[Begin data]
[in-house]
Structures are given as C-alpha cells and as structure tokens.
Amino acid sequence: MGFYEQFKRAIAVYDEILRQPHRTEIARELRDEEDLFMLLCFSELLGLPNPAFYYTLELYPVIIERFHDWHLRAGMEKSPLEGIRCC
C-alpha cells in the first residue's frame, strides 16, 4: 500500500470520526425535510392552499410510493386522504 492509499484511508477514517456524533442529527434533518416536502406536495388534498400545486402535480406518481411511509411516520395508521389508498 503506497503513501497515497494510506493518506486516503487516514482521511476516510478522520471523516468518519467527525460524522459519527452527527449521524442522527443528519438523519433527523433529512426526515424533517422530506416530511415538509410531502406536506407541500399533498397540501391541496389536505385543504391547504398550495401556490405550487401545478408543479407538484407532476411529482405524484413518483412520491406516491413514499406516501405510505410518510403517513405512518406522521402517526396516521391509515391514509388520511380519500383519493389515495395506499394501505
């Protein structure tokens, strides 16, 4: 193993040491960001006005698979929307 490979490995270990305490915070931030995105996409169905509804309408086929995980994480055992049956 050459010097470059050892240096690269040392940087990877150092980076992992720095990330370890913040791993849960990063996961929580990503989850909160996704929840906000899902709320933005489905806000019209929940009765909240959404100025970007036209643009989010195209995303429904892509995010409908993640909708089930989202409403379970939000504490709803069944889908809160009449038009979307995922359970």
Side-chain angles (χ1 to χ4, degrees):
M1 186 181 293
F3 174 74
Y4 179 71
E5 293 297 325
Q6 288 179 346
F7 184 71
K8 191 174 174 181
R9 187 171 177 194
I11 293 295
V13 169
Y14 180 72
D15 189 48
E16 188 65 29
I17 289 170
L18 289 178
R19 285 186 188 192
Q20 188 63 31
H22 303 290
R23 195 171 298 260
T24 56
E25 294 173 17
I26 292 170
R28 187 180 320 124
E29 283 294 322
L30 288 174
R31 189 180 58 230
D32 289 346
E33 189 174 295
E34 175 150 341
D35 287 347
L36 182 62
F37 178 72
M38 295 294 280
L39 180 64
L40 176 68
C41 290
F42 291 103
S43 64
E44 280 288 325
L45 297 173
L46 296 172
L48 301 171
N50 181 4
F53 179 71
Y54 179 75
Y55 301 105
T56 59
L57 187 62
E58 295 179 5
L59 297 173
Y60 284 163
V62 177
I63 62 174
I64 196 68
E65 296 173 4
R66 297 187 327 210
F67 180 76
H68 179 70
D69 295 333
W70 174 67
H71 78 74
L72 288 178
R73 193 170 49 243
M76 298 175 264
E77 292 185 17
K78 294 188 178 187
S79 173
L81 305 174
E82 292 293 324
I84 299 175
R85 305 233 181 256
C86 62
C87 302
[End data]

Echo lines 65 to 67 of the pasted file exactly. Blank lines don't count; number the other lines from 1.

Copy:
D69 295 333
W70 174 67
H71 78 74